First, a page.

Lake Wyangan Wetlands Outing - 28 November 2020
Ten of us met at 7.30am at the Campbell's car park. Defying all predictions about 42 degrees that day, we nonetheless looked forward to getting in at least 4 hours before the heat got too much.
First sighting on arrival was a flock of well over 100 Glossy Ibis flying out of the swamp and heading out to feed in the rice fields. Then a pair of Swamp Harriers circled over the wetlands – the male bird being very active diving into the reeds where I suspect there is a nest.
We decided to head first to the northern end of the swamp in the hope of seeing or hearing bitterns. Some, Virginia and Nella actually, glimpsed a Little Bittern flying out of the cumbungi but it was all too brief for any of the rest of us to get onto it before it disappeared back into the reeds. There was no sign of any Australasian Bitterns that had been in the same part of the swamp for the past 2 months – they may have already headed for the rice fields to set up their breeding sites.
Birds were few and far between on the water but there were a pair of White-fronted Chats feeding on the shore line along with a Black-fronted Dotterel. Out in the water there were several Magpie Geese and on the far bank, a family of them were escorting a bunch of goslings. That would be the third clutch I have seen there this Spring.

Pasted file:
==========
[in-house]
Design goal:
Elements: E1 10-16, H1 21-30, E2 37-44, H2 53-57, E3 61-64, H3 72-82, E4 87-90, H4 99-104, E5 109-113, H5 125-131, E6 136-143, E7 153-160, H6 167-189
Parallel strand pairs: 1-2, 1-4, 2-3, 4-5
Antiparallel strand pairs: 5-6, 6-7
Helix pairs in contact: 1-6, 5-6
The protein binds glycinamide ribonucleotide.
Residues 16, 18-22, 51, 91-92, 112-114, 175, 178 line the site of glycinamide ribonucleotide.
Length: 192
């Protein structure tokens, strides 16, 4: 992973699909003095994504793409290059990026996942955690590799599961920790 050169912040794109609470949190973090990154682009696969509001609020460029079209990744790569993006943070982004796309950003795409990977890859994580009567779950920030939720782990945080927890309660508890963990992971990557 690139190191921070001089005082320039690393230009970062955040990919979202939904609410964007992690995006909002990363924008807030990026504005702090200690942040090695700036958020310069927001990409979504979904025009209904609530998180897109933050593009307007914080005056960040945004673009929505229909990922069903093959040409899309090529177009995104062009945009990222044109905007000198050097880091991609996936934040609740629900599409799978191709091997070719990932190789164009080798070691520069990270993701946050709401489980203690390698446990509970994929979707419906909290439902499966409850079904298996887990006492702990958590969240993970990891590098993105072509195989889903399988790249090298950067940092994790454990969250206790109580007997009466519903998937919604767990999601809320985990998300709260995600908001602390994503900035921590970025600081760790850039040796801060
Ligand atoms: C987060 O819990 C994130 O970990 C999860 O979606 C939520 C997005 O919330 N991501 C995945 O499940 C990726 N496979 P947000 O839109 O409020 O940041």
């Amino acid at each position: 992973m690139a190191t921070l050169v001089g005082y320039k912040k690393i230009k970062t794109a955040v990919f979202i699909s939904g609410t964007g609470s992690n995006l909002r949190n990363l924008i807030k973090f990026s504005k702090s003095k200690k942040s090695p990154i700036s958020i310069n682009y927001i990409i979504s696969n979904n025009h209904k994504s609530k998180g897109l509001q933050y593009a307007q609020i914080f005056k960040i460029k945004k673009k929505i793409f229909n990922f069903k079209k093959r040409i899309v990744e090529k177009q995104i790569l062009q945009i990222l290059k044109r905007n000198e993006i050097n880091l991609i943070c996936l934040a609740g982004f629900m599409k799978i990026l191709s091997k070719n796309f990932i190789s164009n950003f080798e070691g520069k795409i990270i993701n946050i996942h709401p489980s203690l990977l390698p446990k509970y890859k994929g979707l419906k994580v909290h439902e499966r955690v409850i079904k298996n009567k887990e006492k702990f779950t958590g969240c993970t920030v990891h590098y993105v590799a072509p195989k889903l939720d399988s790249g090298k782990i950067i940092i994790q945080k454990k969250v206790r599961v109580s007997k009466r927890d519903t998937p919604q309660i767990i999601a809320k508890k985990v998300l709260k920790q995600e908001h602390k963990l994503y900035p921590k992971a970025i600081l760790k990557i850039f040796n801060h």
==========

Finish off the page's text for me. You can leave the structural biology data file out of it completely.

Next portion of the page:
We then headed to the hide but the reeds had grown so tall that visibility was difficult with just a few ducks and coots in front. Meredith and Pete climbed up on a makeshift ladder made from a couple of pallets onto the roof where you get a clear view of the whole swamp.
We then headed to McCann Road with a brief stop at the causeway to see what was about – plenty of Pelicans, Black Swans and Coots but nothing else of note. McCann Rd too was very quiet as by the time we got there, it was well past 10 o'clock and very hot and windy.
We finally headed to Lake Wyangan Picnic Area for a late morning tea. On arrival, I noticed a Caspian Tern on the edge of the lake so we all stopped to check it out. It turned out that there were 4 of them which was quite unusual. Also there was one sole Red-necked Avocet and a few Black-winged Stilts. After a relaxing chat and cuppa, we all decided the dust storm was getting worse so we decided to call it a day. Thanks to everyone who attended and in spite of the hot morning, it was reasonably pleasant by the water.